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Employee Engagement 101: Phantom Share Schemes

Recruitment business owners often ask us about their options for putting in long-term incentive schemes to retain and motivate key members of their team. The options are many and varied but in this blog series I will look at the usual suspects covering both cash based schemes and equity-based schemes.

James
11/07/2016

Recruitment business owners often ask us about their options for putting in long-term incentive schemes to retain and motivate key members of their team. The options are many and varied but in this blog series I will look at the usual suspects covering both cash based schemes and equity-based schemes.

In my last blog I considered the traditional cash bonus model, this time I will look at phantom share schemes. In essence, a phantom share scheme is simply a deferred cash bonus scheme. However, rather than simply issuing a standard bonus to employees year on year (which doesn’t really tick the retention strategy box), the company issues an option to the employee in the same way as it would for an equity based scheme.

The value of the cash bonus becomes the notional gain over a given period of time on a set number of shares over which an “option” is granted. This assumes that there is an uplift in value of course! This point is important, as thought will need to be given as to how the notional shares are to be valued both at the date the option is granted and at the date it is exercised (i.e. cashed in).

 

These schemes can be geared toward individual performance by way of additional notional options being awarded where targets are exceeded, although caution should be exercised here as you don’t want to lose the impact of working as a team toward the goal of increased overall equity value.

Phantom share schemes are not subject to any specific legislation, as they are cash based rather than share based. HMRC are satisfied by the prospect of the entire award being subject to tax through the company’s payroll (more on that below). This means that phantom schemes can be flexed by the company to the degree desired.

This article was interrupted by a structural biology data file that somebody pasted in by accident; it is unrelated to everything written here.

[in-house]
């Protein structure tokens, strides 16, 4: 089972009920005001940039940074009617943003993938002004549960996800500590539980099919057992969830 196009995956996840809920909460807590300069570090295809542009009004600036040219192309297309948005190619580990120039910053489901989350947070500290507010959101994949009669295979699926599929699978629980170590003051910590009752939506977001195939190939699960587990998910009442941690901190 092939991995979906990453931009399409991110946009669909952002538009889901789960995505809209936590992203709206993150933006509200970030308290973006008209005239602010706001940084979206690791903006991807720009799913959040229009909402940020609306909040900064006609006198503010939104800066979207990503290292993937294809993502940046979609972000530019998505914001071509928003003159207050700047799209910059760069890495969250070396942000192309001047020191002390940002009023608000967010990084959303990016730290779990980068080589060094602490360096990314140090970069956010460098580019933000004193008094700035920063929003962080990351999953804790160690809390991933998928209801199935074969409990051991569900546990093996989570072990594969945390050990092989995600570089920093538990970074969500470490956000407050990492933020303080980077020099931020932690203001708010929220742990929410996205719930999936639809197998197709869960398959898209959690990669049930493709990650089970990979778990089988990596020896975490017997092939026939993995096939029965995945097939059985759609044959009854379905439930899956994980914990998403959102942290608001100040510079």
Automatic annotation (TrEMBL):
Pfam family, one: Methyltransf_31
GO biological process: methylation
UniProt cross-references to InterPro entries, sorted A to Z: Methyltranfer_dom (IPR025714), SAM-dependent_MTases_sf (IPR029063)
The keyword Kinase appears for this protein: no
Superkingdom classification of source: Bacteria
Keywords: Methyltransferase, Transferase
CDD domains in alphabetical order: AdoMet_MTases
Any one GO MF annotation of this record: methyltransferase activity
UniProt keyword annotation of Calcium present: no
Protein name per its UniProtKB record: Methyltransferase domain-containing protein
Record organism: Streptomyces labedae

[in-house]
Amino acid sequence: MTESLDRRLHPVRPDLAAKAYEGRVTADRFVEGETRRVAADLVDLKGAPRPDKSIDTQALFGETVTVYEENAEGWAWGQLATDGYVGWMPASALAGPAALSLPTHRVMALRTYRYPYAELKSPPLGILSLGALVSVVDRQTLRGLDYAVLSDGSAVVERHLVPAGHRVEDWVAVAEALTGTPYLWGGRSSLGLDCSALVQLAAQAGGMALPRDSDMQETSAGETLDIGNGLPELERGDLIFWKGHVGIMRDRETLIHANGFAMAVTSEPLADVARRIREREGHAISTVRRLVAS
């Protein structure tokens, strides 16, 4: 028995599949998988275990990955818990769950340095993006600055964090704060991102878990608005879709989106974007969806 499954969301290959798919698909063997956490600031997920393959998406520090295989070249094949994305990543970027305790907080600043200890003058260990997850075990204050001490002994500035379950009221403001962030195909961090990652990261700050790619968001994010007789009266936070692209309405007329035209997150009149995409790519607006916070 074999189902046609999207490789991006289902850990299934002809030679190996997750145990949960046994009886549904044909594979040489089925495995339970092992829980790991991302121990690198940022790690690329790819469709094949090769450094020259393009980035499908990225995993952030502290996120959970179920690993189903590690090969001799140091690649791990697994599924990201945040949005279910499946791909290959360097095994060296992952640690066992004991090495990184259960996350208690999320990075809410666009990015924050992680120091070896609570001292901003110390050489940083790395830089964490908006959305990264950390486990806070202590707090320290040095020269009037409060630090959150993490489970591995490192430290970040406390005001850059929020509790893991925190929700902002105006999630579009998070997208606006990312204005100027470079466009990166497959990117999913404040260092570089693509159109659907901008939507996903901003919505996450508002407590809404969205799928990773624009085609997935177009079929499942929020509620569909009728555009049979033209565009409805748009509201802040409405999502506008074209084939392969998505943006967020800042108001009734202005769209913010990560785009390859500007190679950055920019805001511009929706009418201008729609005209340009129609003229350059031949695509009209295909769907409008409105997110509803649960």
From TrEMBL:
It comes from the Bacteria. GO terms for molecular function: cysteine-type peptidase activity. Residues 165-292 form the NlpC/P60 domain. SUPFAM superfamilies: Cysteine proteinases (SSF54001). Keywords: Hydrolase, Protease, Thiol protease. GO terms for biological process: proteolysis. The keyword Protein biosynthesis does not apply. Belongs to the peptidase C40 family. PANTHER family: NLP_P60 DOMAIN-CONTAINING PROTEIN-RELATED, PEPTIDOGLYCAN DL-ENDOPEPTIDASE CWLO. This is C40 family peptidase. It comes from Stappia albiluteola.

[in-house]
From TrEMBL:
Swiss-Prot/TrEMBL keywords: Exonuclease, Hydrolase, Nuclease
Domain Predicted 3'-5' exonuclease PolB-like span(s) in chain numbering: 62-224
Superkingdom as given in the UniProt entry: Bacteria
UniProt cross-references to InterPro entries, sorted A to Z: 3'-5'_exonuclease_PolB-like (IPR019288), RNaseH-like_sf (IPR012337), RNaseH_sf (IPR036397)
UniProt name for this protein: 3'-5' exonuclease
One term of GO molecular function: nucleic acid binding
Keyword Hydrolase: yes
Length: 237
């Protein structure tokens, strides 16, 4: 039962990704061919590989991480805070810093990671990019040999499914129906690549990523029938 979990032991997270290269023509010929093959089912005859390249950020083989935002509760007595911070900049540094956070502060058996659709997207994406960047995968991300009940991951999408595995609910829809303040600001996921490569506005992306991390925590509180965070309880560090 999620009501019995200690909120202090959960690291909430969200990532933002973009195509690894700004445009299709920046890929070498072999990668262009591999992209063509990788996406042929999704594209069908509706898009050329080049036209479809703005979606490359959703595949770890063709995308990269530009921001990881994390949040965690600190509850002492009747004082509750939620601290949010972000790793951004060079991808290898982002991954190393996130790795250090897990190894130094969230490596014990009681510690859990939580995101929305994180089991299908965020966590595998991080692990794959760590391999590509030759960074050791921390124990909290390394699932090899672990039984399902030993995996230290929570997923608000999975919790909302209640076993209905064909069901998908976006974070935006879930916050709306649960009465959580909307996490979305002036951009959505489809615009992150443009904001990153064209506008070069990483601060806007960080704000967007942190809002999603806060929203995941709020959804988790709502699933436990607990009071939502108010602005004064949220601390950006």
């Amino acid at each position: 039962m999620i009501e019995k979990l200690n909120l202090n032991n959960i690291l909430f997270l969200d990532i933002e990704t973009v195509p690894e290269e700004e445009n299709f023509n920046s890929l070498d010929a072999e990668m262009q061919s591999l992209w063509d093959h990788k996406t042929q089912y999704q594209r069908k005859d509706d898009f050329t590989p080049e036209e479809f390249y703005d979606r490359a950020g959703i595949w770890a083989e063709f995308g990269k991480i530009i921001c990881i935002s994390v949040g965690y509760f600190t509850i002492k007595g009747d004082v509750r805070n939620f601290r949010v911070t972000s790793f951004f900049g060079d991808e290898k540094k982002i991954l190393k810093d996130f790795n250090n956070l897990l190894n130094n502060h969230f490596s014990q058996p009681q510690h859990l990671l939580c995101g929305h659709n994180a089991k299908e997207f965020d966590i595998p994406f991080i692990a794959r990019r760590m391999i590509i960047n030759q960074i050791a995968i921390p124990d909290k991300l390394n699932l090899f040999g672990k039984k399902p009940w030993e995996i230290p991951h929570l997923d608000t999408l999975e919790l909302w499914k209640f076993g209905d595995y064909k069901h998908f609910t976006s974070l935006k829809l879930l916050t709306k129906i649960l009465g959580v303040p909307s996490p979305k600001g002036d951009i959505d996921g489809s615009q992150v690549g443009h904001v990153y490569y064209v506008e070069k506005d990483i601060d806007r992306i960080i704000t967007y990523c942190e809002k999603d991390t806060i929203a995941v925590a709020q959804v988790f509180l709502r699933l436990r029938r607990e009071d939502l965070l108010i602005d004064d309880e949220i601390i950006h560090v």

The options will be subject to an ‘option agreement’ just as with equity based schemes and that agreement should probably cover matters such as good and bad leaver provisions, and changes of control (e.g. on a sale of the company) provisions.

 

In summary, the benefits of a phantom share scheme are:

  • The existing shareholders’ equity positions will not be diluted which may be particularly relevant where there are multiple shareholders with dissenting views.
  • There is no prospect that employees will acquire a small shareholding in a private company which they may find difficult to sell and may be of limited immediate value to them.
  • From the major shareholders’ perspective, minority equity interests can be problematic and become an annoyance – this obviously won’t apply with a phantom scheme.
  • The amounts paid by the company as a bonus can be offset against the company’s profits, therefore reducing the company’s Corporation Tax bill. However, relief is only available at the point that the employee ‘exercises’ his options (as opposed to over the option period which is how accounting rules deal with the issue).
  • The schemes can be heavily customised to the commercial needs of the company so that only selected people need to be included and performance criteria applied.

 

And, the drawbacks….

  • The schemes are not tax advantaged in the same way as certain other schemes (other than the ability to claim a deduction for the purposes of corporation tax as stated above), and the bonus will be subject to PAYE and national insurance (both employees and employers) – this is far less favourable than the capital tax treatment, and can certainly be of enough significance to make equity based schemes more attractive.
  • A phantom share scheme will involve (potentially substantial) cash outlay for the company, and the company will therefore need the free cash to be able to deliver. This will require some discipline from you as owners . Recognising the accrued expense in the balance sheet (as is required by accounting standards will help) but the company will most likely want to cap the value of the phantom options so that the impact is not too dramatic. It won’t necessarily be easy to arrive at a cap that suits everybody’s objectives.
  • Mainstream accounting standards will require that the value of the phantom share options, which is recorded as an expense and a liability in the company accounts, be reassessed at each balance sheet date. This annual exercise may require expert assistance and, consequently, could prove costly.

 

Our blog series will continue over the coming weeks, with more information on engaging your employees both financially and non-financially. If you would like to discuss any queries, or the subjects raised in the series, please contact me on 01462 687333 or email m.pegram@uhy-uk.com.

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